by jdurney on May 11, 2012

Gabriel Hayes, sculptor and artist

James Durney

When Irish currency went decimal in 1971 a little-known fact of the process was that several of the coins were designed by the Kildare sculptor and artist, Gabriel Hayes. The design of the halfpenny coin was based on a ornamental bird detail in a manuscript in Cologne Cathedral; the penny on an illumination from the Book of Kells; and the twopence from a bird detail from a Bible in the Bibliothèque Nationale, Paris.
Born at Holles Street Hospital, Dublin, on 25 August 1909, Gabriel was the daughter of Jeremiah J. Hayes, and Gertrude Hayes (née Lawlor), of Bridgehouse, Monasterevin, Co. Kildare. At the time Jeremiah Hayes was an RIC member who worked on maintenance in the prison service, but later worked as an architect with the Board of Works. Reared primarily by her aunt she was educated at the Dominican College, Eccles Street, Dublin. Gabriel wanted to be a painter and spent three years studying French in a school near Montpellier. While there she attended art classes at a provincial académie-des-beaux-arts. On her return to Ireland she enrolled in the Dublin Metropolitan School of Art, spending her summer holidays in France and Italy. In her second year at college she won the teachers-in-training scholarship, and in 1933 she had five works exhibited at the Royal Hibernian Academy. In her masters certificate Gabriel came first in Ireland. She began exhibiting at the RHA in 1932 and continued to exhibit there until 1947.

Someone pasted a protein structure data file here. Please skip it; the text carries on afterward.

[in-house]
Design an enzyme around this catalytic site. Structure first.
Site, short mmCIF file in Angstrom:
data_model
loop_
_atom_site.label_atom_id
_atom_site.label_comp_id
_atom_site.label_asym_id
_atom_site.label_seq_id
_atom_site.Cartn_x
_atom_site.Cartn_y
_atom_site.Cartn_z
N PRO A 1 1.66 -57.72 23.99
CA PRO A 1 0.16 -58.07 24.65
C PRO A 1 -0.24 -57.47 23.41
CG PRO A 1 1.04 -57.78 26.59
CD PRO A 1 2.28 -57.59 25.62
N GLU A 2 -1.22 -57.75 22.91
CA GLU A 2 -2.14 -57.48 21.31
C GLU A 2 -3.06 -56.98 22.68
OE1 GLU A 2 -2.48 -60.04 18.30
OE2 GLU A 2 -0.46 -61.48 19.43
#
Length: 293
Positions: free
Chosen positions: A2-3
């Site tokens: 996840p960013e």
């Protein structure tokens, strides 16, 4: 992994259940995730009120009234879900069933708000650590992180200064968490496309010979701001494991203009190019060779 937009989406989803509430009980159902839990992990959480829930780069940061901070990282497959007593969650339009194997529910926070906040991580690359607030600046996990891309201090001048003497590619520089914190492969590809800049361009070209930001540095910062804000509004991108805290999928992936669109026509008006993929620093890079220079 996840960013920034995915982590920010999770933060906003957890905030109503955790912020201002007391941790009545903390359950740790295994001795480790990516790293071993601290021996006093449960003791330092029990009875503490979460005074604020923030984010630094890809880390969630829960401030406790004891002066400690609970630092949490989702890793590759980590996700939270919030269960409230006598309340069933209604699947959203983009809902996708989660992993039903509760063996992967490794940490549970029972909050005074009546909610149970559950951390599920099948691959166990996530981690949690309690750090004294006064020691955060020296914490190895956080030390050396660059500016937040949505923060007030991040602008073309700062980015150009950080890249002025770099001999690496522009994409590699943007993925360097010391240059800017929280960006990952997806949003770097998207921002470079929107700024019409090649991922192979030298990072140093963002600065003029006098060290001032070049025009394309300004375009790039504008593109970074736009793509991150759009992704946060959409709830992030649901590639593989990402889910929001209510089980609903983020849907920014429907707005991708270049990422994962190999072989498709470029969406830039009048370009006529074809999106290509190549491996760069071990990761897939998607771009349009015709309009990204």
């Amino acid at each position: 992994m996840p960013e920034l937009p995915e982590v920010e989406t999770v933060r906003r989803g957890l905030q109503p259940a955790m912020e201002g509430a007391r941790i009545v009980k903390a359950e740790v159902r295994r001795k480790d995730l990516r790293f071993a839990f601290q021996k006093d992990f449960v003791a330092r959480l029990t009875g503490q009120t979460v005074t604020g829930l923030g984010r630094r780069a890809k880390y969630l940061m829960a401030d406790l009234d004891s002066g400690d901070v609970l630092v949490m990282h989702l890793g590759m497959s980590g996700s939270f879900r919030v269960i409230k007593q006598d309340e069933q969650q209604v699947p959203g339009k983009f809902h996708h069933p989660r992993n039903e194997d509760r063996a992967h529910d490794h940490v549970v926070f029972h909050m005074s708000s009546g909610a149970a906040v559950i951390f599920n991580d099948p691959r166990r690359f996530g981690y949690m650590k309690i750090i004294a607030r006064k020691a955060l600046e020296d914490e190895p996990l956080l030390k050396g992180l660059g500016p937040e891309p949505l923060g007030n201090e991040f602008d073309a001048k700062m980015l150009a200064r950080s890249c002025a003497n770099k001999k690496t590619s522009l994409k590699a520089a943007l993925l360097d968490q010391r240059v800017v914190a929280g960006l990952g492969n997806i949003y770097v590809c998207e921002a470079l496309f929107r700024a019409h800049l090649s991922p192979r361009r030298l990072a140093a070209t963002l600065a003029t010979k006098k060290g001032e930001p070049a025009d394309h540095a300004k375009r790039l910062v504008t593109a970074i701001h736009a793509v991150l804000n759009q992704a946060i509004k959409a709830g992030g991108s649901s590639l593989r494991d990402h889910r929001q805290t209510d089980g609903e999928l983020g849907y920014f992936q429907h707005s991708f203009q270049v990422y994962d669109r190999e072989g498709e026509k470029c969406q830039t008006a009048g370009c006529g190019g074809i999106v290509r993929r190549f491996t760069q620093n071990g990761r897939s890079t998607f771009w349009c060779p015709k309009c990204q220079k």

In 1936 Gabriel married Seán P. Ó Riordáin, an archaeologist and lecturer in UCC, and moved with him to Monkstown, Co. Cork. They had one son and one daughter. Thereafter, she signed work sometimes with her married name and sometimes with her maiden name. However, it is as Gabriel Hayes she is widely known. In 1943 Gabriel moved with her family to Newbridge Lodge, Celbridge, after her husband had become professor of Celtic archaeology at UCD. In 1953 she exhibited in the inaugural exhibition of the Institute of the Sculptors of Ireland. Most of her commissions were completed before starting on the life-size Stations of the Cross for Galway Cathedral. Work began in 1957 and took twelve years to complete. (Seán Ó Riordáin became ill in the summer of 1956, and died on 11 April 1957, in Dublin, at the age of fifty-two. He was buried in Donoughcomper cemetery, Celbridge.) In 1967 Gabriel carved a life-sized group of the Holy Family in Portland stone for the Holy Family Post-Primary School, Newbridge.
Soon after Gabriel received the important commission to supply the designs for the bronze decimal coins to be issued as the new Irish currency in 1971. After suffering a broken collar bone in 1970 she was unable to carve for a while, and spent her time researching and drawing coins. She designed a series of seven medals, in silver, depicting incidents in the life of St. Patrick for the Franklin Mint, Pennsylvania, USA. In 1977 Gabriel won the Oireachtas gold medal for her walnut sculpture ‘Grainne Mhaol looking towards the sea.’ Examples of her work can be seen locally at Clongowes Wood College, Clane, and the Holy Family Post-Primary School, Newbridge. After a long illness Gabriel Hayes Ó Riordáin died on 28 October 1978 at St. Vincent’s nursing home, Elm Park, Dublin, and was also buried in Donoughcomper cemetery.

When Irish currency went decimal in 1971 a little-known fact was that several of the coins were designed by the Kildare sculptor and artist, Gabriel Hayes

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